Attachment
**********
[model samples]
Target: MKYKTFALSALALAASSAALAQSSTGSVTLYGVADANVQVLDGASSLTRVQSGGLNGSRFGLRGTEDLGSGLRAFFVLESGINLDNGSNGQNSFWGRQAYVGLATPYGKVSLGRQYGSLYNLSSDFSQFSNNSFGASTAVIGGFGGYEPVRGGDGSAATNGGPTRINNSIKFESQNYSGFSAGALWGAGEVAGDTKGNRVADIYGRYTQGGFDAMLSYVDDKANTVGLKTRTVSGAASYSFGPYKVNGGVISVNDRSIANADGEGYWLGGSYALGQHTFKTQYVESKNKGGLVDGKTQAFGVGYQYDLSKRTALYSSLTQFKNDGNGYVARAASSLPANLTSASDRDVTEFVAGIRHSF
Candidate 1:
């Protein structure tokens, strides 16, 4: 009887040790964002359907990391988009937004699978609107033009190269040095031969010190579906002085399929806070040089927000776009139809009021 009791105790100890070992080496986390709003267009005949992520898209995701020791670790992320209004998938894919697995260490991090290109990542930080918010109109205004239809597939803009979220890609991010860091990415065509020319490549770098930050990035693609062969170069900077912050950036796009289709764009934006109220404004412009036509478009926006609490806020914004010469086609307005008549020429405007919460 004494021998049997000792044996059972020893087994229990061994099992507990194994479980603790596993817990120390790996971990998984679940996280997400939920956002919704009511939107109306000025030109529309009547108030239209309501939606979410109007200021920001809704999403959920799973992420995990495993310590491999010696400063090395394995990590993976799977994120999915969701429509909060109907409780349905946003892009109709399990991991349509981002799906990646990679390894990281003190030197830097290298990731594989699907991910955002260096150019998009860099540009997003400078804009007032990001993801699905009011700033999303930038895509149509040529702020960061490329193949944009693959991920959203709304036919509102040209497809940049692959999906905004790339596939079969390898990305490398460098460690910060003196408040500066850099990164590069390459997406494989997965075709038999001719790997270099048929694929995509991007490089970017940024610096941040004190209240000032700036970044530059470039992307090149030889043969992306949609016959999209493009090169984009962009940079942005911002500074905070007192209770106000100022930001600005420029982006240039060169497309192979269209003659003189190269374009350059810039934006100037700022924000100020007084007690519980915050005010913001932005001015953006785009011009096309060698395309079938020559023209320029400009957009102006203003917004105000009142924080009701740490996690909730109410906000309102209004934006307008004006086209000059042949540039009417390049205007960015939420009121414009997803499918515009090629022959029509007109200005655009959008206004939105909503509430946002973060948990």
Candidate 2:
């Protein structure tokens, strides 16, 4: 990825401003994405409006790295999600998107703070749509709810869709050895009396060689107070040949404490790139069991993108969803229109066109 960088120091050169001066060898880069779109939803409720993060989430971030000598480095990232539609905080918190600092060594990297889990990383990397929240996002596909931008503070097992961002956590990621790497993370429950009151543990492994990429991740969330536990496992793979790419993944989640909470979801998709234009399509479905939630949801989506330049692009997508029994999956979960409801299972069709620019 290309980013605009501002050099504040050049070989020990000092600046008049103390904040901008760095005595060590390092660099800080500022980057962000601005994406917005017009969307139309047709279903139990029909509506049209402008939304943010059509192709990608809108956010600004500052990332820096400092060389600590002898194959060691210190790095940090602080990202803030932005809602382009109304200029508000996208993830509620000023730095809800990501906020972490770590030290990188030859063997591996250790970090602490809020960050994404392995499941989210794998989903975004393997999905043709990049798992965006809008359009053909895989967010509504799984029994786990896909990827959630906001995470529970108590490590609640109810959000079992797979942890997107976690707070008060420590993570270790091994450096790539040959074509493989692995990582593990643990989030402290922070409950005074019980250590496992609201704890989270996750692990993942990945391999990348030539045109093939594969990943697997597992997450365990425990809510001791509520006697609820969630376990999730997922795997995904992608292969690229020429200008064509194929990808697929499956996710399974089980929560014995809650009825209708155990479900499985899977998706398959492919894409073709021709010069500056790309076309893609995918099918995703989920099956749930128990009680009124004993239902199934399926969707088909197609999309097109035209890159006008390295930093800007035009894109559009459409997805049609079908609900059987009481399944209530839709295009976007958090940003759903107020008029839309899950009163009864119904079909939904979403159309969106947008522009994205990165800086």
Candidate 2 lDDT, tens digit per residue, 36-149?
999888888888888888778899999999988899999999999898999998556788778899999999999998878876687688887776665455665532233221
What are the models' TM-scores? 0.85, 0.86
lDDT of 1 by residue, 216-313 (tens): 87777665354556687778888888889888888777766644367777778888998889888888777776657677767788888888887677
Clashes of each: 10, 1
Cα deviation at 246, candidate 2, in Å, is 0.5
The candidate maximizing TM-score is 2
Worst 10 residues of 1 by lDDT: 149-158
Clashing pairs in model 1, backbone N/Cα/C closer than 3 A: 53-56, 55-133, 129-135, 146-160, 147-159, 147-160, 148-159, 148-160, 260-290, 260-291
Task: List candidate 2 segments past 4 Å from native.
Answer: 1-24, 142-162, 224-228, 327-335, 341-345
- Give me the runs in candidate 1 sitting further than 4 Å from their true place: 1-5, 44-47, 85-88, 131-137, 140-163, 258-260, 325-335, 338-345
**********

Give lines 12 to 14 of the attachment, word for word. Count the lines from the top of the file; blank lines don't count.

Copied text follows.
Cα deviation at 246, candidate 2, in Å, is 0.5
The candidate maximizing TM-score is 2
Worst 10 residues of 1 by lDDT: 149-158